3 years ago

Microscopic explanation for black hole phase transitions via Ruppeiner geometry: two competing mechanisms.

Yong Chen, Haitang Li, Shao-jun Zhang

Charged dilatonic black hole (BH) has rather rich phase diagrams which may contain zeroth-order, first-order as well as reentrant phase transitions (RPTs) depending on the value of the coupling constant $\alpha$ between the electromagnetic field and the dilaton. We try to give a microscopic explanation for these phase transitions by adopting Ruppeiner's approach. By studying the behaviors of the Ruppeiner invariant $R$ along the co-existing lines, we find that the various phase transitions may be qualitatively well explained as a result of two completing mechanisms: the first one is the low-temperature effect which tends to shrink the BH and the second one is the repulsive interaction between the BH molecules which, on the contrary, tends to expand the BH. In the standard phase transition without RPT, as temperature is lowered, the first kind of mechanism dominates over the second one, so that large black hole (LBH) tends to shrink and thus transits to small black hole (SBH); While in the RPT, after the LBH-SBH transition, as temperature is further decreased, the strength of the second mechanism increases quickly and finally becomes strong enough to dominate over the first mechanism, so that SBH tends to expand to release the high repulsion and thus transits back to LBH. Moreover, by comparing the behavior of $R$ versus the temperature $T$ with fixed pressure to that of ordinary two-dimensional thermodynamical systems but with fixed specific volume, it is interesting to see that SBH behaves like a Fermionic gas system in cases with RPT, while it behaves oppositely to an anyon system in cases without RPT. And in all cases, LBH behaves like a nearly ideal gas system.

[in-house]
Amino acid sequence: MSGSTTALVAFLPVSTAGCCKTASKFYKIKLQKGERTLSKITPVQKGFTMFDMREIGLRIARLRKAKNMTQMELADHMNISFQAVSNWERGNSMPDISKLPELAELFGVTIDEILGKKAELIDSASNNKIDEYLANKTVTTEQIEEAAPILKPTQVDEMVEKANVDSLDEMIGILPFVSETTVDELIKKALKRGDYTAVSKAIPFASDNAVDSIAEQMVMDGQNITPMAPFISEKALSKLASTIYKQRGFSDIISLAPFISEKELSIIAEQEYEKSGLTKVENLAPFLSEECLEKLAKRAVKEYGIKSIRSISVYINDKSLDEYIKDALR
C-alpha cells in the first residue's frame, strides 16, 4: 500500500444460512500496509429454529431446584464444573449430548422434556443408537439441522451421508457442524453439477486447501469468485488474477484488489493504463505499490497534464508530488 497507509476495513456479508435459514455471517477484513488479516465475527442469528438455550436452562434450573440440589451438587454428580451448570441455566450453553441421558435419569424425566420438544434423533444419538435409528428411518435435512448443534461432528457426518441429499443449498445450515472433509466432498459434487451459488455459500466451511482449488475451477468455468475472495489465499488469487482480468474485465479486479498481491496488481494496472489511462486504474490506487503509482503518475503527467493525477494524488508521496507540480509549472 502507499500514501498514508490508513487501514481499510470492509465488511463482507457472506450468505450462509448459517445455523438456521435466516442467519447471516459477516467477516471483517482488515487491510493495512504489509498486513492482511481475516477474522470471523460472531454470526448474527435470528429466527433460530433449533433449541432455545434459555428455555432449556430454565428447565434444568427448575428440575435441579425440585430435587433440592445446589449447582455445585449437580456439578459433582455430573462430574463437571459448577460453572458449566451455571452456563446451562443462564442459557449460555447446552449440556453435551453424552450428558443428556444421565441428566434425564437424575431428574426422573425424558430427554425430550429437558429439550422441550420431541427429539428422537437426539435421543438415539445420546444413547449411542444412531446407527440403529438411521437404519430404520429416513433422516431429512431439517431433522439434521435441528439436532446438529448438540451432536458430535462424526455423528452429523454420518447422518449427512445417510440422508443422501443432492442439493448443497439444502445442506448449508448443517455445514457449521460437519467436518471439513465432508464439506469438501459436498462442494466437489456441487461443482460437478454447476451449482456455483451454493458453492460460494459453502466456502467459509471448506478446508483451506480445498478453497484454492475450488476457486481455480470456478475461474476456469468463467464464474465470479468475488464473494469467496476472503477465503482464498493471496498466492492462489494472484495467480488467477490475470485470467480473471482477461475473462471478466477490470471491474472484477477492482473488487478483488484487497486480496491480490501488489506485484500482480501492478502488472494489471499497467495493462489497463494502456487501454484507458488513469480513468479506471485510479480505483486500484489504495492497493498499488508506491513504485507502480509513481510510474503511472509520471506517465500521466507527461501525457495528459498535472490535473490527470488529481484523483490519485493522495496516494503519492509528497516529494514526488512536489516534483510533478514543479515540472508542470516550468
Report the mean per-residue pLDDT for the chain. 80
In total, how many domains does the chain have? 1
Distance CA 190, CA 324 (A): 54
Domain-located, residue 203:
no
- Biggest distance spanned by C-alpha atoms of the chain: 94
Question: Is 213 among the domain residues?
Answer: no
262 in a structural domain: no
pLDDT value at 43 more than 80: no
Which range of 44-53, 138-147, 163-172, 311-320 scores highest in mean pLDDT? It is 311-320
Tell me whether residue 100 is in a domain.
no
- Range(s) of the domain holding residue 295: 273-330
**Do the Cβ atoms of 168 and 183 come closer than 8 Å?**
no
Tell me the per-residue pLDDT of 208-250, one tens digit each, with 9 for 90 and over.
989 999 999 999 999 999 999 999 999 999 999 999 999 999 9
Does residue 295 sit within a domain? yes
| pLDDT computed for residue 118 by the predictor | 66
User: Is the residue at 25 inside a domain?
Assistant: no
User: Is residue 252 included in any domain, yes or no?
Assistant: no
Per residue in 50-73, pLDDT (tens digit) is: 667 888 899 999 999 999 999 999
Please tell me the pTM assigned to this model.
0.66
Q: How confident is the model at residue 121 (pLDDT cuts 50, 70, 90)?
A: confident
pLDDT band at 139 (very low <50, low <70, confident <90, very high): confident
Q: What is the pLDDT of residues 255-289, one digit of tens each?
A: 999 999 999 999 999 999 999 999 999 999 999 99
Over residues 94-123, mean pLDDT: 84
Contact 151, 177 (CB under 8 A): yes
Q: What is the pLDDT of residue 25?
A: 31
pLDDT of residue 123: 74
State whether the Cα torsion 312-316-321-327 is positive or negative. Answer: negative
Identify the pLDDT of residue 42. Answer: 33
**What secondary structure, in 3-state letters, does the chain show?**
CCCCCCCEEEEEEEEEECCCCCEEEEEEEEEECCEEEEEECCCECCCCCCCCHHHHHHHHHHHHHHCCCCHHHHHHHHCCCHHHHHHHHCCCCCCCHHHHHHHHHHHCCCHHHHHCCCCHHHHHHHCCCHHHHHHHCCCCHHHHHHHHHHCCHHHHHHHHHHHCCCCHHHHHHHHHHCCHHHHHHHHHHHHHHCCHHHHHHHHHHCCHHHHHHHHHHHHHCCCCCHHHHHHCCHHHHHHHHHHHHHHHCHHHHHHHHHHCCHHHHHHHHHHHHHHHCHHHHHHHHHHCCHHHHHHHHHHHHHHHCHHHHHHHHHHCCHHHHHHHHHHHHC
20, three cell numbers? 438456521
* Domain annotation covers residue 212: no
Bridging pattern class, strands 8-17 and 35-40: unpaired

Publisher URL: http://arxiv.org/abs/1812.11765

DOI: arXiv:1812.11765v2

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